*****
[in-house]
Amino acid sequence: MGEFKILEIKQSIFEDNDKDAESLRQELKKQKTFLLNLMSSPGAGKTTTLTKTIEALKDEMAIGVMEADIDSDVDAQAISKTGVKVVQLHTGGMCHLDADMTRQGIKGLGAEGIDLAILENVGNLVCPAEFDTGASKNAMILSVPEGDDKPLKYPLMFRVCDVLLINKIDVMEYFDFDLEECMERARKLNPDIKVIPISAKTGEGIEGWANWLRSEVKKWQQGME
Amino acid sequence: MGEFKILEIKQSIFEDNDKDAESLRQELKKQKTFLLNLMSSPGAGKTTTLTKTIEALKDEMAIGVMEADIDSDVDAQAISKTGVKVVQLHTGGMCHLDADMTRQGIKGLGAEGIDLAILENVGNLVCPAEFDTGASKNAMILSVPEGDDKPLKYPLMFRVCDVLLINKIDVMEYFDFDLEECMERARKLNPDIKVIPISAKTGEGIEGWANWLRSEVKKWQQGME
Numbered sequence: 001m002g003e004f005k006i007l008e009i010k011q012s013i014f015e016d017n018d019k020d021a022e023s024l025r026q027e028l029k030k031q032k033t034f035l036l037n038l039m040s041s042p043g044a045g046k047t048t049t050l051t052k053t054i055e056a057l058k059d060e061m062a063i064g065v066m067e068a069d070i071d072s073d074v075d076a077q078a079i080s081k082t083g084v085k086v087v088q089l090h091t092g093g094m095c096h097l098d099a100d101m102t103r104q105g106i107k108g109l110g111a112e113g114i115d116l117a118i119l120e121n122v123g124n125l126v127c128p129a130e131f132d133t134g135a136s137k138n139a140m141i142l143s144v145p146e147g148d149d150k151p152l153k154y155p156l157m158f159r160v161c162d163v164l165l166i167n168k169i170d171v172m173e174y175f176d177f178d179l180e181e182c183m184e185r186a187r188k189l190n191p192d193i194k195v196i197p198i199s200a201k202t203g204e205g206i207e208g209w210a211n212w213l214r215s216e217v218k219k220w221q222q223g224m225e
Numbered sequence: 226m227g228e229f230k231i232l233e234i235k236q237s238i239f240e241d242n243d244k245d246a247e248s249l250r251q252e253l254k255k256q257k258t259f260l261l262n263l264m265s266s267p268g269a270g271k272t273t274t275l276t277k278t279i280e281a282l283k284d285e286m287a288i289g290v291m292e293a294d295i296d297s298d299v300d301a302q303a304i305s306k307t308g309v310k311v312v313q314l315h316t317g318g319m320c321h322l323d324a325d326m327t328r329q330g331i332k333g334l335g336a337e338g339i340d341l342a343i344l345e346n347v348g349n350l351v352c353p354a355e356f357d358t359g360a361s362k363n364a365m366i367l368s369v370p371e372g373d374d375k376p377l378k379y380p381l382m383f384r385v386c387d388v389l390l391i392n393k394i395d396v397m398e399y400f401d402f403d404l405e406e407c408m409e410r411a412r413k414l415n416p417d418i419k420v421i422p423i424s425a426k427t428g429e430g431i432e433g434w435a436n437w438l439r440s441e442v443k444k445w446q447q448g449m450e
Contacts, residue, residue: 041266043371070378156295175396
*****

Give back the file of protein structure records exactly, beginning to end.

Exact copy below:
[in-house]
Amino acid sequence: MGEFKILEIKQSIFEDNDKDAESLRQELKKQKTFLLNLMSSPGAGKTTTLTKTIEALKDEMAIGVMEADIDSDVDAQAISKTGVKVVQLHTGGMCHLDADMTRQGIKGLGAEGIDLAILENVGNLVCPAEFDTGASKNAMILSVPEGDDKPLKYPLMFRVCDVLLINKIDVMEYFDFDLEECMERARKLNPDIKVIPISAKTGEGIEGWANWLRSEVKKWQQGME
Amino acid sequence: MGEFKILEIKQSIFEDNDKDAESLRQELKKQKTFLLNLMSSPGAGKTTTLTKTIEALKDEMAIGVMEADIDSDVDAQAISKTGVKVVQLHTGGMCHLDADMTRQGIKGLGAEGIDLAILENVGNLVCPAEFDTGASKNAMILSVPEGDDKPLKYPLMFRVCDVLLINKIDVMEYFDFDLEECMERARKLNPDIKVIPISAKTGEGIEGWANWLRSEVKKWQQGME
Numbered sequence: 001m002g003e004f005k006i007l008e009i010k011q012s013i014f015e016d017n018d019k020d021a022e023s024l025r026q027e028l029k030k031q032k033t034f035l036l037n038l039m040s041s042p043g044a045g046k047t048t049t050l051t052k053t054i055e056a057l058k059d060e061m062a063i064g065v066m067e068a069d070i071d072s073d074v075d076a077q078a079i080s081k082t083g084v085k086v087v088q089l090h091t092g093g094m095c096h097l098d099a100d101m102t103r104q105g106i107k108g109l110g111a112e113g114i115d116l117a118i119l120e121n122v123g124n125l126v127c128p129a130e131f132d133t134g135a136s137k138n139a140m141i142l143s144v145p146e147g148d149d150k151p152l153k154y155p156l157m158f159r160v161c162d163v164l165l166i167n168k169i170d171v172m173e174y175f176d177f178d179l180e181e182c183m184e185r186a187r188k189l190n191p192d193i194k195v196i197p198i199s200a201k202t203g204e205g206i207e208g209w210a211n212w213l214r215s216e217v218k219k220w221q222q223g224m225e
Numbered sequence: 226m227g228e229f230k231i232l233e234i235k236q237s238i239f240e241d242n243d244k245d246a247e248s249l250r251q252e253l254k255k256q257k258t259f260l261l262n263l264m265s266s267p268g269a270g271k272t273t274t275l276t277k278t279i280e281a282l283k284d285e286m287a288i289g290v291m292e293a294d295i296d297s298d299v300d301a302q303a304i305s306k307t308g309v310k311v312v313q314l315h316t317g318g319m320c321h322l323d324a325d326m327t328r329q330g331i332k333g334l335g336a337e338g339i340d341l342a343i344l345e346n347v348g349n350l351v352c353p354a355e356f357d358t359g360a361s362k363n364a365m366i367l368s369v370p371e372g373d374d375k376p377l378k379y380p381l382m383f384r385v386c387d388v389l390l391i392n393k394i395d396v397m398e399y400f401d402f403d404l405e406e407c408m409e410r411a412r413k414l415n416p417d418i419k420v421i422p423i424s425a426k427t428g429e430g431i432e433g434w435a436n437w438l439r440s441e442v443k444k445w446q447q448g449m450e
Contacts, residue, residue: 041266043371070378156295175396